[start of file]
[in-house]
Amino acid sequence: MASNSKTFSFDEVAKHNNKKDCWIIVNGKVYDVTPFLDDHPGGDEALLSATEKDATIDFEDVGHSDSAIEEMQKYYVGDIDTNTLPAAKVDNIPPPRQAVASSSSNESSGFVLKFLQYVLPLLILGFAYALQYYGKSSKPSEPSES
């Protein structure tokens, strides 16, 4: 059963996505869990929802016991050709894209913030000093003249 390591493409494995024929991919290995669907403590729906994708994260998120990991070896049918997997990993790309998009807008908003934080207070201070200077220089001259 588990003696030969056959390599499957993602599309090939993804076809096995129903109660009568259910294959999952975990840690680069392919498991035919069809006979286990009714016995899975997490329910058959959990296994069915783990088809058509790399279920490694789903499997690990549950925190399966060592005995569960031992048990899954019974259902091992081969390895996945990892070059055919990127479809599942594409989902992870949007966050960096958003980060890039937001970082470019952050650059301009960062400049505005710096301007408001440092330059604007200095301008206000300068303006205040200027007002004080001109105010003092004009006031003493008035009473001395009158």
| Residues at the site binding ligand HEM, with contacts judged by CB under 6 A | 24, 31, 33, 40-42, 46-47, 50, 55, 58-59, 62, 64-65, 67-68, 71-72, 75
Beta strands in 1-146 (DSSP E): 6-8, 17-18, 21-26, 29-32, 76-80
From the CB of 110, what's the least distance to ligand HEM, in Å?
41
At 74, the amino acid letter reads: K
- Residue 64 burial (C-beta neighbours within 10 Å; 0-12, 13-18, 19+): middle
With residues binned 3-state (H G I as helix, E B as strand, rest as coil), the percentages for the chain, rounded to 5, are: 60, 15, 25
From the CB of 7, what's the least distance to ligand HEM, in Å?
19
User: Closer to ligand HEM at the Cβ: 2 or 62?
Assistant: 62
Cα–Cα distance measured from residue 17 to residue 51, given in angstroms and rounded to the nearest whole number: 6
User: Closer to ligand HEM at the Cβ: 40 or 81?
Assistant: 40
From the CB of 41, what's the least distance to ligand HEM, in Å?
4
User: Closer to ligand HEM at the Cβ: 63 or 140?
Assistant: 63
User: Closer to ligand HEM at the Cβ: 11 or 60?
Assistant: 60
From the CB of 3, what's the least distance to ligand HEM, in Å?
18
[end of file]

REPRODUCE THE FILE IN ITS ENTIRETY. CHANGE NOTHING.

[in-house]
Amino acid sequence: MASNSKTFSFDEVAKHNNKKDCWIIVNGKVYDVTPFLDDHPGGDEALLSATEKDATIDFEDVGHSDSAIEEMQKYYVGDIDTNTLPAAKVDNIPPPRQAVASSSSNESSGFVLKFLQYVLPLLILGFAYALQYYGKSSKPSEPSES
């Protein structure tokens, strides 16, 4: 059963996505869990929802016991050709894209913030000093003249 390591493409494995024929991919290995669907403590729906994708994260998120990991070896049918997997990993790309998009807008908003934080207070201070200077220089001259 588990003696030969056959390599499957993602599309090939993804076809096995129903109660009568259910294959999952975990840690680069392919498991035919069809006979286990009714016995899975997490329910058959959990296994069915783990088809058509790399279920490694789903499997690990549950925190399966060592005995569960031992048990899954019974259902091992081969390895996945990892070059055919990127479809599942594409989902992870949007966050960096958003980060890039937001970082470019952050650059301009960062400049505005710096301007408001440092330059604007200095301008206000300068303006205040200027007002004080001109105010003092004009006031003493008035009473001395009158």
| Residues at the site binding ligand HEM, with contacts judged by CB under 6 A | 24, 31, 33, 40-42, 46-47, 50, 55, 58-59, 62, 64-65, 67-68, 71-72, 75
Beta strands in 1-146 (DSSP E): 6-8, 17-18, 21-26, 29-32, 76-80
From the CB of 110, what's the least distance to ligand HEM, in Å?
41
At 74, the amino acid letter reads: K
- Residue 64 burial (C-beta neighbours within 10 Å; 0-12, 13-18, 19+): middle
With residues binned 3-state (H G I as helix, E B as strand, rest as coil), the percentages for the chain, rounded to 5, are: 60, 15, 25
From the CB of 7, what's the least distance to ligand HEM, in Å?
19
User: Closer to ligand HEM at the Cβ: 2 or 62?
Assistant: 62
Cα–Cα distance measured from residue 17 to residue 51, given in angstroms and rounded to the nearest whole number: 6
User: Closer to ligand HEM at the Cβ: 40 or 81?
Assistant: 40
From the CB of 41, what's the least distance to ligand HEM, in Å?
4
User: Closer to ligand HEM at the Cβ: 63 or 140?
Assistant: 63
User: Closer to ligand HEM at the Cβ: 11 or 60?
Assistant: 60
From the CB of 3, what's the least distance to ligand HEM, in Å?
18